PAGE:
(This essay has been published on the official Souvenir Book of Intersection, the 53rd World Science Fiction Convention (Worldcon) which was held in Glasgow, Scotland in 1995)
In almost all the science fiction books I’ve read what has always surprised me is the presumed absence of science fiction itself from humanity’s future. The past and present science fiction writers have written a multitude of stories which take place in thousands of futures basically different from our present. However, oddly, in none of these futures exists what actually gives rise to them, that is science fiction. Of course there are a few exceptions. Now and then there will be the shy showing up of a science fiction writer as a character, but this is quite unusual. All the same, such a character is generally no more than an elementary projection of the author himself, a sort of self-quotation, something close to Hitchkock’s walk-on parts in his own movies. More often the future described by science fiction writers does not take into consideration SF. Why? Why do science fiction writers seem to constantly forget to include SF literature in the futures they tell us about? Do they avoid talking about it because they think that in the future SF literature won’t be much different than today? Do they really commit such an ingenuous mistake? Or don’t they know what to say about it? Or didn’t it ever come to them that it is reasonable to think that SF will exist in the future? All these writers are willing and glad to talk about the past of science fiction and are telling us all the time about it’s history. Why is there all this attention and care for the past, and almost none for the future? When SF writers talk about SF, why do they always use the past tense instead of the future?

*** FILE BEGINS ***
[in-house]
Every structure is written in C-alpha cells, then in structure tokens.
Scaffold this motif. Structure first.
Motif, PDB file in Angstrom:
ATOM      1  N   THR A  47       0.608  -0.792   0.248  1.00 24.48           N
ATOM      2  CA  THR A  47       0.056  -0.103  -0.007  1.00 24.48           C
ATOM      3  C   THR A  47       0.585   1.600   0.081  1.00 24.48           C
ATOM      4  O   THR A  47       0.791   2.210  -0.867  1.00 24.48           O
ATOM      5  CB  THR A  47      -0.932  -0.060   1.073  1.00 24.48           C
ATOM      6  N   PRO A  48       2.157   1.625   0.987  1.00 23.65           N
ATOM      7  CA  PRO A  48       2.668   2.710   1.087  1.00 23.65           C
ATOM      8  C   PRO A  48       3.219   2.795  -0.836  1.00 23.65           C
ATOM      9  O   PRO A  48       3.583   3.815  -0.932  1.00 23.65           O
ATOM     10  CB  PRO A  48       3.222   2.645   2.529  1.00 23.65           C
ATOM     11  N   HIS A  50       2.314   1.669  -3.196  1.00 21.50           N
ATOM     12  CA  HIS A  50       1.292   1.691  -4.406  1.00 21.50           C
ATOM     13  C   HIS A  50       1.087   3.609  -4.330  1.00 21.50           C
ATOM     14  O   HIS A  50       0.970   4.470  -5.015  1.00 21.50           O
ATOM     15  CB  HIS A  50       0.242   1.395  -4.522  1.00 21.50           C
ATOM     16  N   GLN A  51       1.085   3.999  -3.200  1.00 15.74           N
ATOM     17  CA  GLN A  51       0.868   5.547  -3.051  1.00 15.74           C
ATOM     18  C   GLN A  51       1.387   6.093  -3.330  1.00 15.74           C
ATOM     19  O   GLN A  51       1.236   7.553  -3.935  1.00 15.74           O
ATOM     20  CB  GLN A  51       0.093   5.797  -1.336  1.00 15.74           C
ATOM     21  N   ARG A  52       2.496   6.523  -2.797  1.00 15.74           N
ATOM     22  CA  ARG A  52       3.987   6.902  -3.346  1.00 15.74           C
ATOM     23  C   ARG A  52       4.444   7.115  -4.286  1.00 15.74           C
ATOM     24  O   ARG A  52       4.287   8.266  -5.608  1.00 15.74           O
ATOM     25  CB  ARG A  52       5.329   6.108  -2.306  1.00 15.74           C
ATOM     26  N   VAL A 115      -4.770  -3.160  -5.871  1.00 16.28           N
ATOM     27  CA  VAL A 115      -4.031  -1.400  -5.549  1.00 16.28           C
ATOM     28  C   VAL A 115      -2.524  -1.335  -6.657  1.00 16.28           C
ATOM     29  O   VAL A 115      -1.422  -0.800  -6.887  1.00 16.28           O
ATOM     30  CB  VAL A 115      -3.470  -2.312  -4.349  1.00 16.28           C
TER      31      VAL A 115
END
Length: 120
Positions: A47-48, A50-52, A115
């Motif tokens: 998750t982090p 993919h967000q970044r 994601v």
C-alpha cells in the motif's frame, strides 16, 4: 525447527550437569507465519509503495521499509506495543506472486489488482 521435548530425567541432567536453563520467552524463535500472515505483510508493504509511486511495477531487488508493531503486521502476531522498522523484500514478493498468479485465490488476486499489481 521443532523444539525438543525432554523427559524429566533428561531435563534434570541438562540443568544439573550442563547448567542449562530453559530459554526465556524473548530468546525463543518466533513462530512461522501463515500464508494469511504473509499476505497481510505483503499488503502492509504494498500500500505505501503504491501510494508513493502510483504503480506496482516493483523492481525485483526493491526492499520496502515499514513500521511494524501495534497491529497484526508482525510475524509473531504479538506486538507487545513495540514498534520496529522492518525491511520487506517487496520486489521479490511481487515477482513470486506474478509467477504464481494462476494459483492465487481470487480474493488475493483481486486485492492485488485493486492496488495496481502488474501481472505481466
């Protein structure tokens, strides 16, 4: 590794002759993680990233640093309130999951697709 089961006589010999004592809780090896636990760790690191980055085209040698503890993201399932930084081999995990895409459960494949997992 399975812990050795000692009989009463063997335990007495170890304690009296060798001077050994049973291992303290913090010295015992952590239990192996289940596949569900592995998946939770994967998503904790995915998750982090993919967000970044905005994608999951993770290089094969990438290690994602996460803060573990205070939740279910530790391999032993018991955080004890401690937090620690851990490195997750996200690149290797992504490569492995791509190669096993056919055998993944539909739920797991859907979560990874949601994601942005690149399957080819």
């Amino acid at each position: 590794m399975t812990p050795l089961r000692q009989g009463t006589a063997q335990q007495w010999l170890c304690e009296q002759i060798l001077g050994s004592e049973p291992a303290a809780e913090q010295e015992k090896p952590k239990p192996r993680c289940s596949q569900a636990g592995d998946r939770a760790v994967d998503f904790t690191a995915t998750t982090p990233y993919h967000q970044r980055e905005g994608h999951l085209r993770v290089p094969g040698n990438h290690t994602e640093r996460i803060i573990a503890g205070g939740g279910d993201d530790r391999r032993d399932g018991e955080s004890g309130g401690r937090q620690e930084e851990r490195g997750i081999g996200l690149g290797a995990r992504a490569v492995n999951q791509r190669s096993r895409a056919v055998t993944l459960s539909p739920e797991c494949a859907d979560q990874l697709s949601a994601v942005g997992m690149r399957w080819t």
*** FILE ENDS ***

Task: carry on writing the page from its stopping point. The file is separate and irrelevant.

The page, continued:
Well, there’s something very inconsistent here, I said to myself. It is of course very important and useful to know about SF’s history , but only to then try to imagine it’s future. Science fiction is much more about sensing the future than telling the past. So let’s try to guess science fiction’s future without, all the same, forgetting it’s past.
As most of us already know, science fiction arose in the second half of the nineteenth century. Before that, no one had ever written a story that took place in a future whose features were different from the present, so to take into consideration the changes caused by technological development. Why did science fiction arise only a century ago? Why did it arise when it did?